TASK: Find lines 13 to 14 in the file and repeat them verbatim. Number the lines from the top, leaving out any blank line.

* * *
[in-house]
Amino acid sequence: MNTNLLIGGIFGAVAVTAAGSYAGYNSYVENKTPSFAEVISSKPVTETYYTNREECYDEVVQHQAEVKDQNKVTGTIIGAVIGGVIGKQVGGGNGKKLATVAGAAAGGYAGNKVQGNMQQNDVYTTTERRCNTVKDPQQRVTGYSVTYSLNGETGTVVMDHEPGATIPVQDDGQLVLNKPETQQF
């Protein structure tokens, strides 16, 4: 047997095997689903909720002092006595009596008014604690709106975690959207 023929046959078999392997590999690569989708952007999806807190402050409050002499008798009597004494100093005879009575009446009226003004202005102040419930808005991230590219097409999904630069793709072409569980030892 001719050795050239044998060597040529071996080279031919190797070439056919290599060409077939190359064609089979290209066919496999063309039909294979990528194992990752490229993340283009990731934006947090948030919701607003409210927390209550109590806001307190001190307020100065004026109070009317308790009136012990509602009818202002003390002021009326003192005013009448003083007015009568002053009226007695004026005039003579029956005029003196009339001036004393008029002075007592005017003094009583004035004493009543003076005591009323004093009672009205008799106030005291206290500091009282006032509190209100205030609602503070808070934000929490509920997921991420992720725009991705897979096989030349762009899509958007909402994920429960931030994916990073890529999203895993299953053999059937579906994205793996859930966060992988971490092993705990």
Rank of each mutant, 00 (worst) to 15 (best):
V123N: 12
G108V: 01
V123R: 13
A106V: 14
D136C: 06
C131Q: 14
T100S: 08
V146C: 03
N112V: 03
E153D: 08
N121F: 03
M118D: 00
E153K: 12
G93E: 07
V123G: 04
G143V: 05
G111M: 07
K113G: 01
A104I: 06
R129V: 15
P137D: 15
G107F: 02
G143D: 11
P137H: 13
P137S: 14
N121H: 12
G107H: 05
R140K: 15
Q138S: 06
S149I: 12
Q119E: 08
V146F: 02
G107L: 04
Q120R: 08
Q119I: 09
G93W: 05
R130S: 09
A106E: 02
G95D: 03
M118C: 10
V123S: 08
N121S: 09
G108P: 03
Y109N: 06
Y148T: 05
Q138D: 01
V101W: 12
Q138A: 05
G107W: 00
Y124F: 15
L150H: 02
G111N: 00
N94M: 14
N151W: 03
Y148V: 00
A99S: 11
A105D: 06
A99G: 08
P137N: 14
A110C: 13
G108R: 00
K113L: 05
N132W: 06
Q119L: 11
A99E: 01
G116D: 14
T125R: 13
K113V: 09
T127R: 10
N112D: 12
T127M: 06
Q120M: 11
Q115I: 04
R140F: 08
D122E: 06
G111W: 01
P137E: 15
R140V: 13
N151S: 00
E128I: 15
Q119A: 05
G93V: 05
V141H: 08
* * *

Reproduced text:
N112V: 03
E153D: 08